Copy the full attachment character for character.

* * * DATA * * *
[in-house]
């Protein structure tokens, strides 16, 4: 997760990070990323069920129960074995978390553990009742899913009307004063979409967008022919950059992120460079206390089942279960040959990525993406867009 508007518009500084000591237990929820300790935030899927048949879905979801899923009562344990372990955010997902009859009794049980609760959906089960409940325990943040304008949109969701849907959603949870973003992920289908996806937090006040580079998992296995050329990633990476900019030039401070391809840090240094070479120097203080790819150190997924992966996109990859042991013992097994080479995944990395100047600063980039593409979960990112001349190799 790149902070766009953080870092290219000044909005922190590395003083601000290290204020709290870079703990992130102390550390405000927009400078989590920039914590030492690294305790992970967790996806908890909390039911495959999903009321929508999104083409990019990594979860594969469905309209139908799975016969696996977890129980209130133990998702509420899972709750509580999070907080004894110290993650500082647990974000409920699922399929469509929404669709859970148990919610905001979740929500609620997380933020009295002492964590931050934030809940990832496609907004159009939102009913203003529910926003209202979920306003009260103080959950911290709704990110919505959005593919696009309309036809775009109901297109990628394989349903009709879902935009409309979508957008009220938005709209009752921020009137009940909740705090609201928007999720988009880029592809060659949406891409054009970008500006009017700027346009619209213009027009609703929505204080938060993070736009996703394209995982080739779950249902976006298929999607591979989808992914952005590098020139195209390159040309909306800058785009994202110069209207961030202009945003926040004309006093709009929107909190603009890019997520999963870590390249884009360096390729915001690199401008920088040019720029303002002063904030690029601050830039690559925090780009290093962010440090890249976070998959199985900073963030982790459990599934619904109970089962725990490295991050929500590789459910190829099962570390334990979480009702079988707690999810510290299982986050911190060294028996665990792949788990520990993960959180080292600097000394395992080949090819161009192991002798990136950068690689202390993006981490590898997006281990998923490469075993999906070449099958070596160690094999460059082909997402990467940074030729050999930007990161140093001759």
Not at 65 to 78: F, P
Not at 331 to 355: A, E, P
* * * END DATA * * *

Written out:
[in-house]
């Protein structure tokens, strides 16, 4: 997760990070990323069920129960074995978390553990009742899913009307004063979409967008022919950059992120460079206390089942279960040959990525993406867009 508007518009500084000591237990929820300790935030899927048949879905979801899923009562344990372990955010997902009859009794049980609760959906089960409940325990943040304008949109969701849907959603949870973003992920289908996806937090006040580079998992296995050329990633990476900019030039401070391809840090240094070479120097203080790819150190997924992966996109990859042991013992097994080479995944990395100047600063980039593409979960990112001349190799 790149902070766009953080870092290219000044909005922190590395003083601000290290204020709290870079703990992130102390550390405000927009400078989590920039914590030492690294305790992970967790996806908890909390039911495959999903009321929508999104083409990019990594979860594969469905309209139908799975016969696996977890129980209130133990998702509420899972709750509580999070907080004894110290993650500082647990974000409920699922399929469509929404669709859970148990919610905001979740929500609620997380933020009295002492964590931050934030809940990832496609907004159009939102009913203003529910926003209202979920306003009260103080959950911290709704990110919505959005593919696009309309036809775009109901297109990628394989349903009709879902935009409309979508957008009220938005709209009752921020009137009940909740705090609201928007999720988009880029592809060659949406891409054009970008500006009017700027346009619209213009027009609703929505204080938060993070736009996703394209995982080739779950249902976006298929999607591979989808992914952005590098020139195209390159040309909306800058785009994202110069209207961030202009945003926040004309006093709009929107909190603009890019997520999963870590390249884009360096390729915001690199401008920088040019720029303002002063904030690029601050830039690559925090780009290093962010440090890249976070998959199985900073963030982790459990599934619904109970089962725990490295991050929500590789459910190829099962570390334990979480009702079988707690999810510290299982986050911190060294028996665990792949788990520990993960959180080292600097000394395992080949090819161009192991002798990136950068690689202390993006981490590898997006281990998923490469075993999906070449099958070596160690094999460059082909997402990467940074030729050999930007990161140093001759």
Not at 65 to 78: F, P
Not at 331 to 355: A, E, P